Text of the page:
In actuality, CPS agents have to deal with quantifying this definition to determine which children are abused and should be relocated. Physical markings now identify an abused child. Teresa Cunio, LSW, of TCB Chronicles, states, “if there [are] any markings left on a child then it is considered physical abuse. Therefore, the perpetrator of this disciplining would be listed as a physical abuser,” (www.tcbchronicles.com/0700/discipline.htm). She also questions whether bruises left by spanking constitute marks, though, and,therefore dictate removal. Cunio, often challenged through decisions made as a social worker, states she does not believe parents are correct to use excessive force, but she understands that with a difficult child who will not obey, a spanking may be in order. The red mark a hand leaves, termed “excessive physical discipline,” should not constitute abuse from a parent who is simply trying to make the child obey (Cunio). She defines excessive physical discipline as, “… when [parents] did not intentionally mean to hit the child as hard as they did, and usually do not realize that they hit him/her too hard until they see the bruises,” (www.tcbchronicles.com/0700/discipline.htm). The state needs to decide whether the marks need intervention and Cunio’s work suggests the need to question whether parents should be deprived of their right to discipline.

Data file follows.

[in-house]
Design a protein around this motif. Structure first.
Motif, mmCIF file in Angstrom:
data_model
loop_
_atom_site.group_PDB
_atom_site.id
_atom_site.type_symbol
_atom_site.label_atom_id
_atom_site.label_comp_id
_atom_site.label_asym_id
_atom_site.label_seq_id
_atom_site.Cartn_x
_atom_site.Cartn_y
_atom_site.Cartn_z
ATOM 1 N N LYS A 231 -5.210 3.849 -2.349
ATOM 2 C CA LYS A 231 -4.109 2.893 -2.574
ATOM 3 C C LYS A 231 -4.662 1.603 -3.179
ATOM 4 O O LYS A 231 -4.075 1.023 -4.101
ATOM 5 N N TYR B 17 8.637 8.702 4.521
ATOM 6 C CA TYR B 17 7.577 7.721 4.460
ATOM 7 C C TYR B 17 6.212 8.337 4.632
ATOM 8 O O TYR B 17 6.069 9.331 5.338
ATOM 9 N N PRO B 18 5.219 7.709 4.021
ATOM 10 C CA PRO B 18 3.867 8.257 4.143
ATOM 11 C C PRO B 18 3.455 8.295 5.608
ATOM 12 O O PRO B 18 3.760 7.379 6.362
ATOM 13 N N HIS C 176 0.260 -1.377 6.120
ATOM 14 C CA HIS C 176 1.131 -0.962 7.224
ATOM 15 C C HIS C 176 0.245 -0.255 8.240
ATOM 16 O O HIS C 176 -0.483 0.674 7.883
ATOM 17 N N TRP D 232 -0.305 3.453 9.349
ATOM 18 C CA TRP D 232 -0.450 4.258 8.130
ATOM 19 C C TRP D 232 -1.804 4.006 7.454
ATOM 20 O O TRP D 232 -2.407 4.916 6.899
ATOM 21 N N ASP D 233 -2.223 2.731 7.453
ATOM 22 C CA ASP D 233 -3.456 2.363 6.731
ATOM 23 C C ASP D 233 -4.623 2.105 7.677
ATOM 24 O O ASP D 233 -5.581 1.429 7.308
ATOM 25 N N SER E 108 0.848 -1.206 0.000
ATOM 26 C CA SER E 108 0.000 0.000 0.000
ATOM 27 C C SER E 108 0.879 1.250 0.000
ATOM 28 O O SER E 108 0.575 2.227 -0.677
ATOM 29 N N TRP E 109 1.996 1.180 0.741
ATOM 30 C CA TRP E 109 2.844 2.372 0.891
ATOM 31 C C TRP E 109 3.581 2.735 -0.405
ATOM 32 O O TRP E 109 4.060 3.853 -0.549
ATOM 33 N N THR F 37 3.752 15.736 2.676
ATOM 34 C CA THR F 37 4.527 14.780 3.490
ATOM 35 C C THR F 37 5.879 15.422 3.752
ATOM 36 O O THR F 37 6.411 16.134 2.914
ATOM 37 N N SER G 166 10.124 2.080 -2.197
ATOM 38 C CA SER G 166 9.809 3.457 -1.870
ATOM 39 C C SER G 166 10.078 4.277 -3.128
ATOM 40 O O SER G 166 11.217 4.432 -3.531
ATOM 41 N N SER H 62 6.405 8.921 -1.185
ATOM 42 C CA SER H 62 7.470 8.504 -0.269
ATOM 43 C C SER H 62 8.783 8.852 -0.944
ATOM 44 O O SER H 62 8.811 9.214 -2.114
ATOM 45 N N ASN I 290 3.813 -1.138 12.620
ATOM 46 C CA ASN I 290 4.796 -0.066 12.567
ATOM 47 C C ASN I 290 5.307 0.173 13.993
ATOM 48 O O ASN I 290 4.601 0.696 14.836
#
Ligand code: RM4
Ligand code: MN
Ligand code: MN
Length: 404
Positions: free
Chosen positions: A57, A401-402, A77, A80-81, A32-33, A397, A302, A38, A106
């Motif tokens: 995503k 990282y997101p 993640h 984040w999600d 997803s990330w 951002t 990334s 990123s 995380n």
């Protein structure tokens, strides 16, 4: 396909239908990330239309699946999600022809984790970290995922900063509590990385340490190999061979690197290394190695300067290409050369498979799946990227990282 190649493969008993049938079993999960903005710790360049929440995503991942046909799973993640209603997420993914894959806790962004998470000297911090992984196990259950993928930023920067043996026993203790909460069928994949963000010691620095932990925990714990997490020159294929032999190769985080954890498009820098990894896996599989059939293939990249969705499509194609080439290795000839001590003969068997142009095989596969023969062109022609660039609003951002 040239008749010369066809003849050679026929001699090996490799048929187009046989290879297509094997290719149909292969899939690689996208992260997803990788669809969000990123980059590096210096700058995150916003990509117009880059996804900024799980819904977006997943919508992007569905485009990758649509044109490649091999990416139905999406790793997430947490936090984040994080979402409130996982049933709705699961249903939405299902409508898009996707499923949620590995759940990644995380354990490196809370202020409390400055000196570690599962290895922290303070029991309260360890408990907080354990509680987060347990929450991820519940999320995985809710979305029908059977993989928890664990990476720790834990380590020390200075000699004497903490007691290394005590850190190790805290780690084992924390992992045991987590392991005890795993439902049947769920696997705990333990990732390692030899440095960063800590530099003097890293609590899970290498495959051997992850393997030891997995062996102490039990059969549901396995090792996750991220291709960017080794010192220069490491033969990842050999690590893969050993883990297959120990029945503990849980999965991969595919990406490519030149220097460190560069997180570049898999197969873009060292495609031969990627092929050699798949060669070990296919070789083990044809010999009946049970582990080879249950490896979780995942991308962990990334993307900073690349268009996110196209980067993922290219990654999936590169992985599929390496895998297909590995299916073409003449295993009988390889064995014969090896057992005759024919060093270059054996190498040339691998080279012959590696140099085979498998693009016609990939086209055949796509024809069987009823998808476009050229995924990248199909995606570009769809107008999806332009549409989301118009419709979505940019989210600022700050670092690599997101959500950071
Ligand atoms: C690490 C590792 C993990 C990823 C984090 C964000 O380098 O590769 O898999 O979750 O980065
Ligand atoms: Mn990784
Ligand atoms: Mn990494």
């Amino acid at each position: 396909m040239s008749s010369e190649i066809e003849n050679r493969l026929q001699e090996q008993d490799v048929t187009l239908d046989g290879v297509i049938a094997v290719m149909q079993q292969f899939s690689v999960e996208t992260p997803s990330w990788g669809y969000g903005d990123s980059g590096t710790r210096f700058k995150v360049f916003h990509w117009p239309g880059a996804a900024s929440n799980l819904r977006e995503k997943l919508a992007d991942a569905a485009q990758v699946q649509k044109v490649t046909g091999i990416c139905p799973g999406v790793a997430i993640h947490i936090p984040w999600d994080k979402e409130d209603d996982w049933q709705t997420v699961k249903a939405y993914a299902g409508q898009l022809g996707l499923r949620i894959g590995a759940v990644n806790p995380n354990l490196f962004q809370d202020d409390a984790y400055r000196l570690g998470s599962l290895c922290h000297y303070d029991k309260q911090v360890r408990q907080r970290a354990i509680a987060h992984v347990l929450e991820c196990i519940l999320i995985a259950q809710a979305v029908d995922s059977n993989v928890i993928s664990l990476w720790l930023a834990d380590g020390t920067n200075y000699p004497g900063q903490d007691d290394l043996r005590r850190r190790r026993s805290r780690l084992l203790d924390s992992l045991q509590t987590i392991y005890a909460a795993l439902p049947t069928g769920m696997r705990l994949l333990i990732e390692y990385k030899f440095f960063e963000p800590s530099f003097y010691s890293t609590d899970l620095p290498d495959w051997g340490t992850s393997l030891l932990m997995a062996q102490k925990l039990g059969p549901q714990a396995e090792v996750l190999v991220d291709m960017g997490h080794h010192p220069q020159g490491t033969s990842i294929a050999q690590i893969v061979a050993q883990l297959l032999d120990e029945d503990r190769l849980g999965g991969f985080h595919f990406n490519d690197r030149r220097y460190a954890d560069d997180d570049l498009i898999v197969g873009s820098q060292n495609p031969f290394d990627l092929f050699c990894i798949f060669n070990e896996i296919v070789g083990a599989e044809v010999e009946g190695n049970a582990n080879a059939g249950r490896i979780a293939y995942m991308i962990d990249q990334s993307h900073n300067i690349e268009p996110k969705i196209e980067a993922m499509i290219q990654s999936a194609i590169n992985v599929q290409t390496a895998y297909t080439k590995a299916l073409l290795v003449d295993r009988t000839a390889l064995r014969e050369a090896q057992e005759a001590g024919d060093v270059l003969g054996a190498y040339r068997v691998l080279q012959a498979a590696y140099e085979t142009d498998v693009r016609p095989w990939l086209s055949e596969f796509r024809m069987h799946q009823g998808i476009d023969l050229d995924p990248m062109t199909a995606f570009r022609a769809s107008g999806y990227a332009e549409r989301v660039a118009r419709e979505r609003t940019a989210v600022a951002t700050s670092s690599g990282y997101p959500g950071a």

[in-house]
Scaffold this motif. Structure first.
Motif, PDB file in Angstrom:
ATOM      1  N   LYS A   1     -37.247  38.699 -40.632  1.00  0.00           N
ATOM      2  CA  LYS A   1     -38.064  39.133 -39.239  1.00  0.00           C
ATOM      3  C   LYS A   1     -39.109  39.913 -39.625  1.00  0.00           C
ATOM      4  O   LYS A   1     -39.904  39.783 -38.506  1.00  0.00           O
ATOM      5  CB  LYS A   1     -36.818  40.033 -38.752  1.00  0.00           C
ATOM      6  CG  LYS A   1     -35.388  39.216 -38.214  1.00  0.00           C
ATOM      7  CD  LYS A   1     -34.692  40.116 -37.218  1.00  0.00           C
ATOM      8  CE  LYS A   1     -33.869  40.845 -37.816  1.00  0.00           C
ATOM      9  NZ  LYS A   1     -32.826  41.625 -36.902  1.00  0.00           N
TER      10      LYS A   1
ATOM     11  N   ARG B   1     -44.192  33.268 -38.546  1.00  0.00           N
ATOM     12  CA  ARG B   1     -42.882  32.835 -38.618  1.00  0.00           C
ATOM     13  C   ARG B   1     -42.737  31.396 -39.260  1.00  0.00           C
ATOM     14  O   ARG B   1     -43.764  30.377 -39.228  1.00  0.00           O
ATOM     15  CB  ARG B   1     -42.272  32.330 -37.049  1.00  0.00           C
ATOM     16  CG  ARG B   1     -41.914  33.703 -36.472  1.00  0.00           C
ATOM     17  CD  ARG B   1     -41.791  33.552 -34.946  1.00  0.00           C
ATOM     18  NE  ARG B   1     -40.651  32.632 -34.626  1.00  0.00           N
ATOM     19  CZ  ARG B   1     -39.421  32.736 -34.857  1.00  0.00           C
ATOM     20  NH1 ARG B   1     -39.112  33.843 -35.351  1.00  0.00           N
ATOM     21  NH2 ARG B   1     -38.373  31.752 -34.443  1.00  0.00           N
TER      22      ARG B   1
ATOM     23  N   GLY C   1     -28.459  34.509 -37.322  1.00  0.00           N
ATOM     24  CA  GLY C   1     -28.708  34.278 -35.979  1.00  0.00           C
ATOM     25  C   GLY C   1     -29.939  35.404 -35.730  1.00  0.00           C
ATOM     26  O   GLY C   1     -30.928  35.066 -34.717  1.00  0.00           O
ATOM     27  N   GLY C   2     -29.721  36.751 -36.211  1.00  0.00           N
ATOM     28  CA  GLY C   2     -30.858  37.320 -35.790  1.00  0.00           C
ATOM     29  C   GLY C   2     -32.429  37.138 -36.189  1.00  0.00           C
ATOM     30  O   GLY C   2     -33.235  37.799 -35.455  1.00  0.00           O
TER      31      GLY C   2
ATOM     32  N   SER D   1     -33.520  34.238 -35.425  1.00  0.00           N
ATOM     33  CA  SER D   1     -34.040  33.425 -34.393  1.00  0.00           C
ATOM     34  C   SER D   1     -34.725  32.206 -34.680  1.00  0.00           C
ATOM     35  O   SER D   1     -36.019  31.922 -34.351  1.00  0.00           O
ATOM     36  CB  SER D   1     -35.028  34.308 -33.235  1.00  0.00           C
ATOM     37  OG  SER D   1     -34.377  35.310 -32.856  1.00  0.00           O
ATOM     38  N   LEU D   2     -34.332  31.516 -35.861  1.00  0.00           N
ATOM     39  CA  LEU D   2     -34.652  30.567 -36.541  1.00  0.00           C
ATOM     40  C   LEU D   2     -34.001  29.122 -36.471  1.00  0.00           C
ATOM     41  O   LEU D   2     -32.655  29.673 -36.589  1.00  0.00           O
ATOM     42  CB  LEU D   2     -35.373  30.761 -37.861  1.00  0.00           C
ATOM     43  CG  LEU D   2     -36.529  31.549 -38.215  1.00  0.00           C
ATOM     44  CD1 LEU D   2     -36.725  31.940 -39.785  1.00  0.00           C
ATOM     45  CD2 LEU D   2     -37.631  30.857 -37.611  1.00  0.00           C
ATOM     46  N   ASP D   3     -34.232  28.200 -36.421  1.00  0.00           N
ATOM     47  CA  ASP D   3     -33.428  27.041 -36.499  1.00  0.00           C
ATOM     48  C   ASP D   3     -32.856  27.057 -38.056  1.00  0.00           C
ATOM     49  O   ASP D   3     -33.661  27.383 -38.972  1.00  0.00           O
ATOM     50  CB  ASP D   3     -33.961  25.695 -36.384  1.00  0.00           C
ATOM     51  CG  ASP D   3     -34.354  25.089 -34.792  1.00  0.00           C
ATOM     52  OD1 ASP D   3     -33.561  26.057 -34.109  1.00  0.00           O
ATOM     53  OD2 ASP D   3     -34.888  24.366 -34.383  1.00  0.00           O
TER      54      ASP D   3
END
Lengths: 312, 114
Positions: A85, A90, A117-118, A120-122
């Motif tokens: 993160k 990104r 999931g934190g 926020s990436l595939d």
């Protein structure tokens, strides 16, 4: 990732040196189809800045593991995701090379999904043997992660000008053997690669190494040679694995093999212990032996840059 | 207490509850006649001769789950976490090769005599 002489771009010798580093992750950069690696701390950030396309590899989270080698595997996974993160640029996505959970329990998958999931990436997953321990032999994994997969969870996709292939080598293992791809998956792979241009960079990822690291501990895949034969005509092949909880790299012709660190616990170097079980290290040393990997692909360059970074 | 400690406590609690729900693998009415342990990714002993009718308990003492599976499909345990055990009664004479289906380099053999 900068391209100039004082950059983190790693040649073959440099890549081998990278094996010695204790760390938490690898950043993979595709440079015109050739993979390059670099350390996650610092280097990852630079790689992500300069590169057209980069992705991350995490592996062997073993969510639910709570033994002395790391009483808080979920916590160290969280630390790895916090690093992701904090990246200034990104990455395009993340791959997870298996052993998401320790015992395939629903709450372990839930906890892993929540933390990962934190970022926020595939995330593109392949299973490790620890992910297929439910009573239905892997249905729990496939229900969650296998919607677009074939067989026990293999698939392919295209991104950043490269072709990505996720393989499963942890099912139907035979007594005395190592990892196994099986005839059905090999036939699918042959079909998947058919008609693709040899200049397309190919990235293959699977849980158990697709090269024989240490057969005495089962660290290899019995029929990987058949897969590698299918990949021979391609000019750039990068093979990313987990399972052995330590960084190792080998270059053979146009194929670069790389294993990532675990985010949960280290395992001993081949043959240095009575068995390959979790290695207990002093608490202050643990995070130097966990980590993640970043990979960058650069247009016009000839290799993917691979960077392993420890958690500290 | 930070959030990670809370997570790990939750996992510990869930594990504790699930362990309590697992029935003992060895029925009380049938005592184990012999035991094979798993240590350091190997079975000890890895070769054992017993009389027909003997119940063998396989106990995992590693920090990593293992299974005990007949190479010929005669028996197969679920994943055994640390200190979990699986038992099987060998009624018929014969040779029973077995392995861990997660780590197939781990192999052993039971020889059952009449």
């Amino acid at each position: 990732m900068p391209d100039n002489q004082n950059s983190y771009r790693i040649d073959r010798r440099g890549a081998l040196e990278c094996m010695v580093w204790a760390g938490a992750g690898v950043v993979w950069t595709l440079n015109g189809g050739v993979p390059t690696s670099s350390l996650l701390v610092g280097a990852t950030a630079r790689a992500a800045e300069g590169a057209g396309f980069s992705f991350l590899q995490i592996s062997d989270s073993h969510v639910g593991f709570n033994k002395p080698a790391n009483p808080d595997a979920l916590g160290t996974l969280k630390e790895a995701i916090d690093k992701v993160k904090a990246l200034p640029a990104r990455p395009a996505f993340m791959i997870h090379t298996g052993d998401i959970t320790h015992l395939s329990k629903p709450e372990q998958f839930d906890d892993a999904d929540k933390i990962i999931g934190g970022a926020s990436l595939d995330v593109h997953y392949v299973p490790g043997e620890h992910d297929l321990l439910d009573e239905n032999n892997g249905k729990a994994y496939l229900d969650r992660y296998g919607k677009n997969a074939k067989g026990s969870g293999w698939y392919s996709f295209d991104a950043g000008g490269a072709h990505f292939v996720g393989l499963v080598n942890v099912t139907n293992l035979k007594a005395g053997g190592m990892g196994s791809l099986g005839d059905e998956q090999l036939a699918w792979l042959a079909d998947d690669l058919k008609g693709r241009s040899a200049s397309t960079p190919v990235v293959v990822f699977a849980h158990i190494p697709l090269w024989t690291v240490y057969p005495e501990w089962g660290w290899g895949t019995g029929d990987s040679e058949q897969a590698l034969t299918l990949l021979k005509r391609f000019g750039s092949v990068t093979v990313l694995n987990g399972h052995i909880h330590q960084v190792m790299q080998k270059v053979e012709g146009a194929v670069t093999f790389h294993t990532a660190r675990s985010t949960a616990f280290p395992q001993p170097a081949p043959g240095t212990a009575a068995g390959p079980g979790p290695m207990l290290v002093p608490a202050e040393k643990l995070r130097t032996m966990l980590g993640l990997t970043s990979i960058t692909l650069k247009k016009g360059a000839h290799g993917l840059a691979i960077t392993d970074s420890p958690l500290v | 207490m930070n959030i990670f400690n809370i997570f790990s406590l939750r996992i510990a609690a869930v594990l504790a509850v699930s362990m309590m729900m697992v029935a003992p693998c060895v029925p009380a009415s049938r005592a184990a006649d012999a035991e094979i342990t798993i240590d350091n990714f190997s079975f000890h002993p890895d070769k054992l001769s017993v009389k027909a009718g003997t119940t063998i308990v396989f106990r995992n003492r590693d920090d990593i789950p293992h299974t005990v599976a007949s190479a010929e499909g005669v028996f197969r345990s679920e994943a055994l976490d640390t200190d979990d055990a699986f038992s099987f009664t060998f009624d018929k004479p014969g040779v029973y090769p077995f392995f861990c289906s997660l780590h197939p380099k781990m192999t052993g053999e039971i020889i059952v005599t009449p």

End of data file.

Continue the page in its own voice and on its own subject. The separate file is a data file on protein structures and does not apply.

There have been broad steps taken in the courts to achieve rights for parents to have a family and organize it in whatever way they please. Cheryl Barnes, also of the TCB Chronicles, states: “The U.S. Supreme Court strongly affirmed family rights… when it ruled that the state couldn’t interfere with a parent’s chosen method of child rearing unless the parent had been deemed unfit,” (www.tcbchronicles.com/0700/supreme.htm). This ruling did not come in response to a child abuse case, rather from a case on extended family rights. It still upholds a fundamental right for families: the state cannot tell parents how to raise their children, including how they discipline them. Equally important is the ruling the courts handed down, as CPSWatch describes, stating that: “a government official may not enter a home without a search warrant, [the ruling specifically states], ‘Any government official can be held to know that their office does not give them an unrestricted right to enter peoples’ homes at will.’ and that families have a ‘well-established right to privacy from inspections by social workers’,” (www.cpswatch.com/reports/9thcirc.htm).